4 Natural Ways To Fertilize Houseplants

As someone so infatuated with living a life surrounded by plants, one would think my thumb would be a littttttle bit greener.

The truth is: I’m still learning how to keep these beauties thriving, and I can use all the help I can get.

Luckily, there are tons of simple, natural ways to keep houseplants healthy. Here are a few I’ve found out about – and if you have any ideas to add, leave a comment!

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Eggshells. Eggshells are filled with calcium, which is essential for plants to develop a strong cellular structure. You can make a fertilizer tea by crushing up a bunch of eggshells, adding them to boiling water, and allowing to steep overnight. In the morning, pour the tea right onto the soil to give your babies some love. Another way you can use eggshells is to create a powder by placing a bunch of clean and dry eggshells into your food processor. The powder can be mixed into the soil right before potting a new plant.

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Coffee. Many gardeners add coffee grounds to their compost piles to help nourish plants and kill weeds and pathogens – but you can used brewed coffee on plants, too! Brewed coffee contains a good amount of potassium and magnesium, which are excellent for plant growth. Use equal parts cooled plain coffee and water, and water your plants as you normally would. Because of the acidic nature of coffee, this technique should be reserved for plants that do well in acidic conditions, like ferns, roses, and aloe.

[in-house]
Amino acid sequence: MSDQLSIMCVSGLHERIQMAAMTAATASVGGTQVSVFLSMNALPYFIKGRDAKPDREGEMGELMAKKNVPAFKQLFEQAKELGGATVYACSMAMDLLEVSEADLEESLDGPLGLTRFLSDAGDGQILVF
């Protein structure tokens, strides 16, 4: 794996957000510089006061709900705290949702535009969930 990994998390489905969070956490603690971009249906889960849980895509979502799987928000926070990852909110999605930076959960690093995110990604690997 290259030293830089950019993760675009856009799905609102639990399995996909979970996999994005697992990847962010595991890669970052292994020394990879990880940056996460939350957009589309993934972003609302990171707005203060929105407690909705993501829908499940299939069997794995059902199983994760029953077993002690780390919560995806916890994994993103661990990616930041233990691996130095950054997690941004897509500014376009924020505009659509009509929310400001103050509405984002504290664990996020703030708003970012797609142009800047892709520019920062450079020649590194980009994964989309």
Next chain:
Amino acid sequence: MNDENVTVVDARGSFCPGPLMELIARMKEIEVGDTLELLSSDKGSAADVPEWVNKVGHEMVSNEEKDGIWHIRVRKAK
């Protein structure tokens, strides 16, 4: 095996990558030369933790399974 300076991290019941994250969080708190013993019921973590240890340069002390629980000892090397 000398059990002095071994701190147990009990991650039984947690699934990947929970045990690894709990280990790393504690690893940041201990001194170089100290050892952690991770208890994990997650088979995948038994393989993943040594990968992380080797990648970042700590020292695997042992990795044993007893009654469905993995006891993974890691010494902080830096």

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Green tea. The tannic acid in green tea will slightly raise the acidity of soil, just like coffee. Green tea also increases nutrient levels in soil and improves oxygenation, which helps roots thrive. You can add tea leaves right into your soil or water your plants with brewed tea after it has cooled. Again, be sure to use this on plants that thrive in more acidic conditions.

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Epsom salt. High quality Epsom salt is rich in magnesium and sulfate, two minerals that together provide incredible nourishment for plants, allowing them to grow fuller and greener, and live longer lives. You can water plants twice a month with 1 tablespoon of high quality Epsom salt dissolved in 1 gallon of water, or mist their leaves with a mixture twice as concentrated. You can also add Epsom salt granules directly to soil when repotting.